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Bitcoin: The definitive guide

Bitcoin has been the subject of almost no serious analysis despite its popularity in recent years. This guide aims to explore various issues raised by virtual currency schemes including the creation of monetary value, lack of legal basis and oversight and volatility of virtual currencies.

Issues

Creation of Monetary Value

Monetary value is based on trust – if people trust something is valuable then it will have value. People’s trust is linked to how credible it is that a currency is valuable and accepted as a medium of exchange.

Enduring and stable traditional currencies are credible because they are linked to things that people trust and value – Commodity money is considered intrinsically valuable, commodity-backed money is redeemable for bullion, fiat money is tied to the credibility of the central authority, and law guarantees that electronic funds are redeemable for central bank currency.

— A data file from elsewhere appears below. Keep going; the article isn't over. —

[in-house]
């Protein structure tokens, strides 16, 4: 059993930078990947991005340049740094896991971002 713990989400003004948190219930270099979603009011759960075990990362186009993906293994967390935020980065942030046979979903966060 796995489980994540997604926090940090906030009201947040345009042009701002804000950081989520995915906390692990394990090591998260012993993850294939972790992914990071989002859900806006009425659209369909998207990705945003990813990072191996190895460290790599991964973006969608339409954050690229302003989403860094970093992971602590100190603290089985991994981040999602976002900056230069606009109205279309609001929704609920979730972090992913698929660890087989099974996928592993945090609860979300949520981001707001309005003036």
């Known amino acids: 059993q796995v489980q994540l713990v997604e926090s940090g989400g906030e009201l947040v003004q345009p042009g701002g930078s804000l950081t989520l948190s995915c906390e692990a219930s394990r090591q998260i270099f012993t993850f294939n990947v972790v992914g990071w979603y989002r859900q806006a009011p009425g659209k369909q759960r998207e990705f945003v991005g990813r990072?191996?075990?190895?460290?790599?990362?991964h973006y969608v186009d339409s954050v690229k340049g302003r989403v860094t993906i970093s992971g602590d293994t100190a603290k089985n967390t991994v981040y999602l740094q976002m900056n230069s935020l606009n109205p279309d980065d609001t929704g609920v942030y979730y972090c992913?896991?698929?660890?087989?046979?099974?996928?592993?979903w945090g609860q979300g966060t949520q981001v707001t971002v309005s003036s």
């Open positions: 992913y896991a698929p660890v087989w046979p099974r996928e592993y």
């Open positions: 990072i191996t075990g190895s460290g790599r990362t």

Virtual currencies are less credible. None of the preceding mechanisms exists to induce people to trust their value. The value of a virtual currency is based only on the trust gained by the virtual currency issuer.

Lack of Proper Legal Basis and Oversight

Virtual currency schemes have no framework legislation and the rights and obligations of different parties are not clear. They are not subject to regulation, oversight or supervision by central authorities. This is clearly unacceptable and creates significant risks to users as well as opportunities for criminals and money launderers.